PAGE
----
Haptx believes virtual reality will never be fully immersive until it offers a sense of touch. So it’s launching the second version of its Haptx touch-feedback gloves for VR applications.
The company said the HaptX Gloves DK2 are the first gloves with true-contact haptics available for purchase. It’s also a step toward the goal of creating full-body haptics.
The haptic gloves give you the sensation of touch when you interact with something in a VR game or app. The technology lets you feel the texture, size, weight, and impact of objects in a virtual environment. The company has also unveiled its development kit 2 (DK2).
Unlike other haptic gloves, which are limited to vibration and force feedback, HaptX said its gloves physically displace the user’s skin the way a real object would, delivering more than 130 points of tactile feedback per hand. DK2 is designed specifically for professionals in training and simulation, industrial design, and robotics.
The Haptx glove uses a microfluidic smart textile that delivers high-fidelity tactile feedback. The first-generation gloves had more than 100 points where air bubbles could be inflated to displace your skin and make you feel something as you move your hand through the virtual world. Haptx combines this with motion-tracking technology to figure out where your hand is in a 3D space and determine the kind of feedback it should send.
Above: Haptx’s DK2 has 133 touch points.
Haptx CEO Jake Rubin said in a statement that companies and governments can use the gloves to train their workforces, and automakers can use them to design and test new vehicles.
For the first-generation glove, a demo showed me a farm in VR. I was able to run my fingers through strands of grain in a field and feel them on my skin. I could touch the clouds in the sky and the stars, and each felt different, due to varying resistive forces. A fox jumped into my hand as I held it open. That was a lot more fun than feeling the eight legs of a spider walking across my hand.
Rubin started the Seattle-based company in 2012 with cofounder Bob Crockett, who heads the biomedical department at Cal Polytechnic State University in San Luis Obispo, California. Rivals include Dexta Robotics, Tactai, and Ultrahaptics. Years ago, Jaron Lanier’s data gloves were tracking systems only, and they tracked only one kind of motion.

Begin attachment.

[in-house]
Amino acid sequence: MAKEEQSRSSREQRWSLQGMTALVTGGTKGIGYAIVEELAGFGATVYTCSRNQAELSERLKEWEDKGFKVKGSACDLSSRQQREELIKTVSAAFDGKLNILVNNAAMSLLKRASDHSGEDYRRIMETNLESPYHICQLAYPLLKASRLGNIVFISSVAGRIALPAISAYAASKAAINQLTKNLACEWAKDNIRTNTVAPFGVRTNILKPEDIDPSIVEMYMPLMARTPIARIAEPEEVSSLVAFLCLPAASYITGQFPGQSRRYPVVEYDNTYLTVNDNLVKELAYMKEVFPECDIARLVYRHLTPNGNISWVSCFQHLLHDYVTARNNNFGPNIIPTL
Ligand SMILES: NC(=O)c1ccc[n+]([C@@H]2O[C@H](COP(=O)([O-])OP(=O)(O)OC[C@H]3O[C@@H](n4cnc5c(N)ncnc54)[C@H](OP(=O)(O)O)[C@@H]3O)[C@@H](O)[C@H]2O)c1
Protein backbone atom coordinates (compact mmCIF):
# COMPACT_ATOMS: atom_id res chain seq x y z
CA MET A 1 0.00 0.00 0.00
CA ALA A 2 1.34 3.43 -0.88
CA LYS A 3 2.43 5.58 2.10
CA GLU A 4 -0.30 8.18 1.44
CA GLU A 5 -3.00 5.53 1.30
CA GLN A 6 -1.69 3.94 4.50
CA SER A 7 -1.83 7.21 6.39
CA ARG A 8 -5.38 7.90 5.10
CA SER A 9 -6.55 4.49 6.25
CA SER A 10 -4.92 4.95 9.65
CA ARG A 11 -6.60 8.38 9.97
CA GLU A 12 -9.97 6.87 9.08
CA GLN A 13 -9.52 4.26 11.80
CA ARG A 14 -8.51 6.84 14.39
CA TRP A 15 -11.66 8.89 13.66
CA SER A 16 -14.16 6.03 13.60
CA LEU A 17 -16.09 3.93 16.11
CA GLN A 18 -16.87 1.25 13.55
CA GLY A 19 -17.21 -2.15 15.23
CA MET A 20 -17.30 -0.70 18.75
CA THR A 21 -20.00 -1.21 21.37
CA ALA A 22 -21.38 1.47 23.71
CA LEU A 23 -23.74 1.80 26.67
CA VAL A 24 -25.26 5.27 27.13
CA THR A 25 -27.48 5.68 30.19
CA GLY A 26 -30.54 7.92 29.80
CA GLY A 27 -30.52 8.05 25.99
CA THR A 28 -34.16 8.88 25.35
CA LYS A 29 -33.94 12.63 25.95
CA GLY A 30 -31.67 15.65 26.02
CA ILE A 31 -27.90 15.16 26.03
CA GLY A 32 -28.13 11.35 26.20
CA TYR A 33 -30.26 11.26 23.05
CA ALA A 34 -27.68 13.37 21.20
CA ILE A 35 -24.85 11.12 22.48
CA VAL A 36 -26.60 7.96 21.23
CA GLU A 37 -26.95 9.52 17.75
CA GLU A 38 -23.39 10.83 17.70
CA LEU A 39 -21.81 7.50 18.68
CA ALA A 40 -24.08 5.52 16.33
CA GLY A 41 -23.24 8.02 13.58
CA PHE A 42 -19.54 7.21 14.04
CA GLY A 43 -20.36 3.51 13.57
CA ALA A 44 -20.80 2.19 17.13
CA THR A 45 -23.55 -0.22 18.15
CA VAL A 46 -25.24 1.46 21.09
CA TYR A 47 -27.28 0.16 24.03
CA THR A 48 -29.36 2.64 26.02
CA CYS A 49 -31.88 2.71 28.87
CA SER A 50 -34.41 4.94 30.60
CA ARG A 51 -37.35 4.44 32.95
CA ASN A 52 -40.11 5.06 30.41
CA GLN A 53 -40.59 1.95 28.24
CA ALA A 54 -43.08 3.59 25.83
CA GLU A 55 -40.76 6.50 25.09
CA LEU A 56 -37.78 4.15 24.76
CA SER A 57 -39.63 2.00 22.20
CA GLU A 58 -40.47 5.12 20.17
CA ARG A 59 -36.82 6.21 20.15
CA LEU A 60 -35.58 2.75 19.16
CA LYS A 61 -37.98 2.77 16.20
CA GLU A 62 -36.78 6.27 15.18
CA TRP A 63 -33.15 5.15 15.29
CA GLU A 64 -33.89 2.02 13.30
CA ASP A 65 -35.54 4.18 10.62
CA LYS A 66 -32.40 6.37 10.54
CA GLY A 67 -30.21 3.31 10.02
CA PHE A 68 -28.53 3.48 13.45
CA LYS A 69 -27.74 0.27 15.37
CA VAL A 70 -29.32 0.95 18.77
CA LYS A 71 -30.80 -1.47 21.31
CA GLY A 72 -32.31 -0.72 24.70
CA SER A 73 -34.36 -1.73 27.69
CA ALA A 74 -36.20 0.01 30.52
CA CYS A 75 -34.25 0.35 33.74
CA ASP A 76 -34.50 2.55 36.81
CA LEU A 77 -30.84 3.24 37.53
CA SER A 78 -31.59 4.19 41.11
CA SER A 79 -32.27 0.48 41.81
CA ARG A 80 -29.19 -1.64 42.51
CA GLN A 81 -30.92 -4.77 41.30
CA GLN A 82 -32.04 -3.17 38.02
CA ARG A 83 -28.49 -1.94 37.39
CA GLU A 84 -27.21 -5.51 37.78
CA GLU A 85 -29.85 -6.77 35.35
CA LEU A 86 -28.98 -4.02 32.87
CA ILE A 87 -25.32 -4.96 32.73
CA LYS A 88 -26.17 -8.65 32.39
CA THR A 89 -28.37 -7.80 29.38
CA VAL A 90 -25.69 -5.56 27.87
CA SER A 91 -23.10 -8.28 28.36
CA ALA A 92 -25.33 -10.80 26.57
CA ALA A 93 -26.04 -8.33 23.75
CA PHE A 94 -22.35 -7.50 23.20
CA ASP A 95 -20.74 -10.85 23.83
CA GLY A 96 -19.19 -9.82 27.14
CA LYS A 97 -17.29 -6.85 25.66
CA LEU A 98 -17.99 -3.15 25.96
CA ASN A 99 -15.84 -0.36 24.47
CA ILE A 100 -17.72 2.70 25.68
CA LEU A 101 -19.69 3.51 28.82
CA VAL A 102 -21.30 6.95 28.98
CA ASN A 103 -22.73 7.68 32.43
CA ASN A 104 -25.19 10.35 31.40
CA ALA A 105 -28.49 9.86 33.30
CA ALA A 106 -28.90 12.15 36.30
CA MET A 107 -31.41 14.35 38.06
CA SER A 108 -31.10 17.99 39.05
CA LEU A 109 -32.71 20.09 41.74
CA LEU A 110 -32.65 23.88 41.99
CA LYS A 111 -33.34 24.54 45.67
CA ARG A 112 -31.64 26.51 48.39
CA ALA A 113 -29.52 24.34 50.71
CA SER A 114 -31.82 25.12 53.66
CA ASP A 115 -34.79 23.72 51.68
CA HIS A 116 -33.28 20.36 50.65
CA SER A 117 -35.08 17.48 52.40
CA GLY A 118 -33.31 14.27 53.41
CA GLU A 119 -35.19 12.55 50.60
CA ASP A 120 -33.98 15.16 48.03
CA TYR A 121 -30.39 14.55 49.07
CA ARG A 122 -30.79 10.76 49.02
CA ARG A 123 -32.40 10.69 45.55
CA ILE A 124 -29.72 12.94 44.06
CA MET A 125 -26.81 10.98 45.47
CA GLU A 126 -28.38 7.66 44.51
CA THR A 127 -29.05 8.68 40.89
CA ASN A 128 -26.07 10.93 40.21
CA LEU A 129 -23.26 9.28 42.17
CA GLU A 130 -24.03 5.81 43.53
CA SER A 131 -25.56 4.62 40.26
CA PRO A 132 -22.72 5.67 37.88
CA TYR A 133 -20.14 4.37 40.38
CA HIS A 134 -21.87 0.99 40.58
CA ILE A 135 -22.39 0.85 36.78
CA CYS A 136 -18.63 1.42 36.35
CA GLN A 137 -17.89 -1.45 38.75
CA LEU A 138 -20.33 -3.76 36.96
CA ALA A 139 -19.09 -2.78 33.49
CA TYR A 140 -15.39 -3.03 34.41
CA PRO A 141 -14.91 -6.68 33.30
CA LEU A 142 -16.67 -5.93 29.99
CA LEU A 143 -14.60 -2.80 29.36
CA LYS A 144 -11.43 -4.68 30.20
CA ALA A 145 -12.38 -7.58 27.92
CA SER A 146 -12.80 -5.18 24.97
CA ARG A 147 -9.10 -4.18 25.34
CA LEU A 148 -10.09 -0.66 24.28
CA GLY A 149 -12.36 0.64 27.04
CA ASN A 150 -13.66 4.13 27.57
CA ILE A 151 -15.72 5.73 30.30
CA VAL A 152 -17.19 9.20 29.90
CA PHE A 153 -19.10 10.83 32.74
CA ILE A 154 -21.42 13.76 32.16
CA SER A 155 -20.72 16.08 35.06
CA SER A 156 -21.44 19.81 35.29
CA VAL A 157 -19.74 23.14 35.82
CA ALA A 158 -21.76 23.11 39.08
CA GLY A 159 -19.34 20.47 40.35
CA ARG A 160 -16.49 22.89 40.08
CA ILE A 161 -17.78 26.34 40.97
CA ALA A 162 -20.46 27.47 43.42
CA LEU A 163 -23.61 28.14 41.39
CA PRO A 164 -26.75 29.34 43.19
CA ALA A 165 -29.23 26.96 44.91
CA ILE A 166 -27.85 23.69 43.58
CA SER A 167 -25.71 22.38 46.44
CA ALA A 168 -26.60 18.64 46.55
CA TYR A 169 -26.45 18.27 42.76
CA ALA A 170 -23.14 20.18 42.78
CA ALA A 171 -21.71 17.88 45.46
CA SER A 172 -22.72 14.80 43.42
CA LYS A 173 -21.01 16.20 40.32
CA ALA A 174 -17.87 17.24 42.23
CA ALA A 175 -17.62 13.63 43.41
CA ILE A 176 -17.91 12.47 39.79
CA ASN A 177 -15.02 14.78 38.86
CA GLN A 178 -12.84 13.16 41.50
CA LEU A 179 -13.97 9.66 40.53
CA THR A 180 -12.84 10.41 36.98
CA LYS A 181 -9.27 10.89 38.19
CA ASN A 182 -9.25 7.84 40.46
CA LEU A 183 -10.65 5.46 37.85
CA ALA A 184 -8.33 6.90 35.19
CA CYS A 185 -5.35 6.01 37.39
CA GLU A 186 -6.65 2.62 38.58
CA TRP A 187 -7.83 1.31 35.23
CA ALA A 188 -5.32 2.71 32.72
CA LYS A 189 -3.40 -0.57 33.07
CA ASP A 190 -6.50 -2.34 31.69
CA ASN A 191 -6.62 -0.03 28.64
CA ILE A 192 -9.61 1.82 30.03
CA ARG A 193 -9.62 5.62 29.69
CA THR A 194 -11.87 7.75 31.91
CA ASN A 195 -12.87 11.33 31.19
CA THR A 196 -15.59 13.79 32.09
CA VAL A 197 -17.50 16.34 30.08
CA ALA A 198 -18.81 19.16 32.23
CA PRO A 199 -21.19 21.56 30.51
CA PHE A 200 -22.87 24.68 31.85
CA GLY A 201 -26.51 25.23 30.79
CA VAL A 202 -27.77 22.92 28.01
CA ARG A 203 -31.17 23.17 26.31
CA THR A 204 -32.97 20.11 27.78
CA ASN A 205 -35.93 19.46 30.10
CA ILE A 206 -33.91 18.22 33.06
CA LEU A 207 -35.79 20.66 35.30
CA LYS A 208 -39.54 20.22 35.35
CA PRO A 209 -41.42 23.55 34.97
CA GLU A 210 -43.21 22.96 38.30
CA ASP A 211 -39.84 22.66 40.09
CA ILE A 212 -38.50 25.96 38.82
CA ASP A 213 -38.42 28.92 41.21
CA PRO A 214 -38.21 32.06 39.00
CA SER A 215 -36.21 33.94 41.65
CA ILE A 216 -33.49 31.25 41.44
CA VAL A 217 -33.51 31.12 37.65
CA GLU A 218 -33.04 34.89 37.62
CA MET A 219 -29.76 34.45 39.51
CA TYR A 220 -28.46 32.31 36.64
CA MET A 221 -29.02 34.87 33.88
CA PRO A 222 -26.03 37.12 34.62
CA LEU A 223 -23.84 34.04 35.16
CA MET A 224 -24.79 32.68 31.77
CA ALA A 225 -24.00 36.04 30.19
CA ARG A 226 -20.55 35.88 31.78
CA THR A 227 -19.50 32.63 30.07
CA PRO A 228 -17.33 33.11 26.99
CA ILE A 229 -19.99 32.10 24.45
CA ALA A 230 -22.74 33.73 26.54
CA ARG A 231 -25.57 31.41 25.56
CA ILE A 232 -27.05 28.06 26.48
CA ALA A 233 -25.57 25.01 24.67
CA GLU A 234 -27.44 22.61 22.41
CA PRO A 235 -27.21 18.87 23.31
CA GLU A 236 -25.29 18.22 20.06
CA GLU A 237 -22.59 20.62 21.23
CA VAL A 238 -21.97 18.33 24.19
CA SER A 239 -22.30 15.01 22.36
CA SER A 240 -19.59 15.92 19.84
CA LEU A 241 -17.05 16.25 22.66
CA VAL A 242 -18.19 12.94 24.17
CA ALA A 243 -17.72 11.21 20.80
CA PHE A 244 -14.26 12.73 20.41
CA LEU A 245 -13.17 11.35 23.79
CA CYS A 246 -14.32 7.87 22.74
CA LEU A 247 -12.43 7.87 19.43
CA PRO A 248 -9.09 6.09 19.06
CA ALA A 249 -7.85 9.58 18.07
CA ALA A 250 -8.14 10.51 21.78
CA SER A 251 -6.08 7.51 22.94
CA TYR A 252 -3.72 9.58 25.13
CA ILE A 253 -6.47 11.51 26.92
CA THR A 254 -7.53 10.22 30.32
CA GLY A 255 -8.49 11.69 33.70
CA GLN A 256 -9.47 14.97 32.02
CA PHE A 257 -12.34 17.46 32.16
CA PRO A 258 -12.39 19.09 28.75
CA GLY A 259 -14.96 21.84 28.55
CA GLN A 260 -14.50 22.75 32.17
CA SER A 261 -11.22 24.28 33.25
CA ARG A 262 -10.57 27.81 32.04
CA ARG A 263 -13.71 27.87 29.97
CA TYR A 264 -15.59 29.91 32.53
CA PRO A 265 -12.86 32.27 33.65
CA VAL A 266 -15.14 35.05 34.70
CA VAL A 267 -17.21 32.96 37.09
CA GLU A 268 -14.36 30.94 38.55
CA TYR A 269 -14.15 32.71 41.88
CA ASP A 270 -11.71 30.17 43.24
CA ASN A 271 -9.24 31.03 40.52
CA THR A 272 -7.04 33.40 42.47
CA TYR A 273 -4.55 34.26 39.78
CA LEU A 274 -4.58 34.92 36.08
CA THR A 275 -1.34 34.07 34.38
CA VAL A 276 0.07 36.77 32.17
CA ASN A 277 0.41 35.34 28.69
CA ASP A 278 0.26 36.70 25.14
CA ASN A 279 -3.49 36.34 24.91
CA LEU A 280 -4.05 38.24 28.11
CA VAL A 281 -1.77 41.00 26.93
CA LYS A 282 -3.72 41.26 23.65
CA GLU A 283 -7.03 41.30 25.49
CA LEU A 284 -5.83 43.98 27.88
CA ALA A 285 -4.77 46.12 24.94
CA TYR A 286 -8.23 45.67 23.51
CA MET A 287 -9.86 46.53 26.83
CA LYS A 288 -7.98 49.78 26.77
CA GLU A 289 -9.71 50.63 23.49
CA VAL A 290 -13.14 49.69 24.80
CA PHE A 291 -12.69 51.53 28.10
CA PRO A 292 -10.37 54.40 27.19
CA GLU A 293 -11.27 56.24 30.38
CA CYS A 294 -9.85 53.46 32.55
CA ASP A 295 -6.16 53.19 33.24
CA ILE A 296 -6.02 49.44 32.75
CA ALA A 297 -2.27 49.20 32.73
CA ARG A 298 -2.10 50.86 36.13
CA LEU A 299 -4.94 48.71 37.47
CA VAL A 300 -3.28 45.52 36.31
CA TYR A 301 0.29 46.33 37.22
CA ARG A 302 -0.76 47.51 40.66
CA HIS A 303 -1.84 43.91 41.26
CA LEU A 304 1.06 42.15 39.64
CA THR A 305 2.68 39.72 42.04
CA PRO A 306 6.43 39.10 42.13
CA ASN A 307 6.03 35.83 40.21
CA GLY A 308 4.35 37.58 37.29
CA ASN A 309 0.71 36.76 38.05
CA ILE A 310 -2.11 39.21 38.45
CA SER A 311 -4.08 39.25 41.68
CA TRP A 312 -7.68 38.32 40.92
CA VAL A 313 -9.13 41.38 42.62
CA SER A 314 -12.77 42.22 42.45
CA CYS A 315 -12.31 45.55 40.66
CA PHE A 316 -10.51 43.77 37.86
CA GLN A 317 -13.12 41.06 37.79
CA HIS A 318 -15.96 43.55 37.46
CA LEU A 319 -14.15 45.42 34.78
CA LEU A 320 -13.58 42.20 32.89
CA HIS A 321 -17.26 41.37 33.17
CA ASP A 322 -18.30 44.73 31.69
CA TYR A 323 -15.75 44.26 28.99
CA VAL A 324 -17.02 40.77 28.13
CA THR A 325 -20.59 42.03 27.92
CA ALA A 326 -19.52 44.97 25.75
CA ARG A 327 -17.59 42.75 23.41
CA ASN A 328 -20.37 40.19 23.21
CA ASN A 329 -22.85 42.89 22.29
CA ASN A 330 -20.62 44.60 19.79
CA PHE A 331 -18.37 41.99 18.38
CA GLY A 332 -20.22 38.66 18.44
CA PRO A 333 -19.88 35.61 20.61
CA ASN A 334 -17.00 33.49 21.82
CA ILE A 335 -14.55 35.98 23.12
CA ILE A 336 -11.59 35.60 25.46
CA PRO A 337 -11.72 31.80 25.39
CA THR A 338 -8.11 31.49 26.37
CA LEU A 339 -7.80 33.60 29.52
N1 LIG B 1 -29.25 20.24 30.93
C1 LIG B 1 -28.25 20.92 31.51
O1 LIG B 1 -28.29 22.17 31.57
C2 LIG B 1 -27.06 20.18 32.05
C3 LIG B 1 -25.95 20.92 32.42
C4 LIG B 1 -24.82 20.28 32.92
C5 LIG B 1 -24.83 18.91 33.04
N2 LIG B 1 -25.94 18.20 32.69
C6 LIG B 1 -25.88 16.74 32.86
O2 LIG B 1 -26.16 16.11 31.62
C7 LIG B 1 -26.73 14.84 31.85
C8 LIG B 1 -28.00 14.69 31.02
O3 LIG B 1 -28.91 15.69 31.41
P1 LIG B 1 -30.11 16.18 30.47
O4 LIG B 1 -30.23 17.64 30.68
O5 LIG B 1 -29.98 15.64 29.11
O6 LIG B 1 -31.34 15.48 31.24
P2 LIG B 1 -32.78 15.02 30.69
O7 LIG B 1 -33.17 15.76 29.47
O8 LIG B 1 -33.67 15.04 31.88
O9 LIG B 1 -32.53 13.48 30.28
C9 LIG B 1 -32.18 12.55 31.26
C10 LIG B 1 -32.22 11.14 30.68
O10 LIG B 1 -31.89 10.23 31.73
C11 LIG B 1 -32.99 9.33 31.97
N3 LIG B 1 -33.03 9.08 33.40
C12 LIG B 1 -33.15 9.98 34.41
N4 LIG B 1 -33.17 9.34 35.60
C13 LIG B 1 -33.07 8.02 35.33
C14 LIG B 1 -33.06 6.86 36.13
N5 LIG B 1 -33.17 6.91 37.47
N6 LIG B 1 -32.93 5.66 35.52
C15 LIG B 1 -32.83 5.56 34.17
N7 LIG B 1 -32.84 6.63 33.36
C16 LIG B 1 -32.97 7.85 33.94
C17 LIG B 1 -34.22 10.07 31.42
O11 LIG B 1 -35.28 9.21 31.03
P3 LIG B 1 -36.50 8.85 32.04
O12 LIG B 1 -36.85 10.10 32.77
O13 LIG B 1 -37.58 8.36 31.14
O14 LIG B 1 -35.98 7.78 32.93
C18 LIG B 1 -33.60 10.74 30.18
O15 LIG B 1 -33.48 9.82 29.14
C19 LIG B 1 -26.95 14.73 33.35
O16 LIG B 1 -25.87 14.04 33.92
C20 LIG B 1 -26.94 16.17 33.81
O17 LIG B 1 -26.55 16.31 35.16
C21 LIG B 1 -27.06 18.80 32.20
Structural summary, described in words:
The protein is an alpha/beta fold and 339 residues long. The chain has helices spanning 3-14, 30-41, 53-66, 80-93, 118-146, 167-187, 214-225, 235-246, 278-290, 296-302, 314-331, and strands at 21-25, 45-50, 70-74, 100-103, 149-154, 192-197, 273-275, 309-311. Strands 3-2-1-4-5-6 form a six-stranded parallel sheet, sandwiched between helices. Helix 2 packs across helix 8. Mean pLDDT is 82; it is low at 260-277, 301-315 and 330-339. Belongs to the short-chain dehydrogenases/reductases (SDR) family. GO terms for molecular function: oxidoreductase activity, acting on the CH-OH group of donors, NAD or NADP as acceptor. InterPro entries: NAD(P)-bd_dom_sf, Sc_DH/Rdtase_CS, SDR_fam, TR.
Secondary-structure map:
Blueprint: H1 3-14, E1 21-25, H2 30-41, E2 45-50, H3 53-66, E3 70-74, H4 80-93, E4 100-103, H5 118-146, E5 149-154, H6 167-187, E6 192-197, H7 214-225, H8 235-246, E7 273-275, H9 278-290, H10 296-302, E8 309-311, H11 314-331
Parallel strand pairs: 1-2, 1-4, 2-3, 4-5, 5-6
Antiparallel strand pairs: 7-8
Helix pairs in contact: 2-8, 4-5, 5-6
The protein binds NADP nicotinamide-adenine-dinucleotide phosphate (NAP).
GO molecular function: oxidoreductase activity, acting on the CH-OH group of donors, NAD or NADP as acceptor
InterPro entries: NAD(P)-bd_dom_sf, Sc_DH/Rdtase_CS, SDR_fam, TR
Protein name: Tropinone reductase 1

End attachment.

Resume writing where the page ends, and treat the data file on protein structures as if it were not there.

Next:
Haptx raised $9 million in funding from NetEase, Dawn Patrol Ventures, the Virtual Reality Company, Keeler Investment Group, former Twitter CEO Dick Costolo, Disney Imagineering executive Jon Snoddy, Digital Kitchen founder Paul Matthaeus, and others.
Above: Haptx is getting touchy-feely.
For the second-generation gloves, HaptX partnered with Advanced Input Systems to scale up production of HaptX Gloves and sell and service the product worldwide. For over 40 years, Advanced Input Systems has been making human-machine interface products in the medical, industrial, commercial, military, and gaming markets.
The company spent two years developing HaptX Gloves DK2, reducing the size and weight, improving fit and ergonomics, enabling room-scale VR support, and adding numerous SDK features, including multi-user networking and enhancing haptic fidelity.
HaptX Gloves feature force feedback with exotendons that apply up to 40 pounds of dynamic force feedback per hand (8 pounds/35 N per finger). Finally, HaptX Gloves incorporate accurate hand tracking, a proprietary magnetic system that captures 30 degrees of freedom per hand with sub-millimeter precision.
True-contact haptics enable realistic touch feedback that makes virtual objects feel lifelike, as if your hand is coming in contact with the real thing. The company said the technology in HaptX Gloves can stimulate 75% of the mechanoreceptors in your hand, while other gloves only stimulate roughly 5% of your hand’s mechanoreceptors.
Haptx has 20 employees and has raised $19 million to date. The company’s first version has had good traction with enterprise and government customers in Europe, the United Kingdom, Japan, and the U.S.
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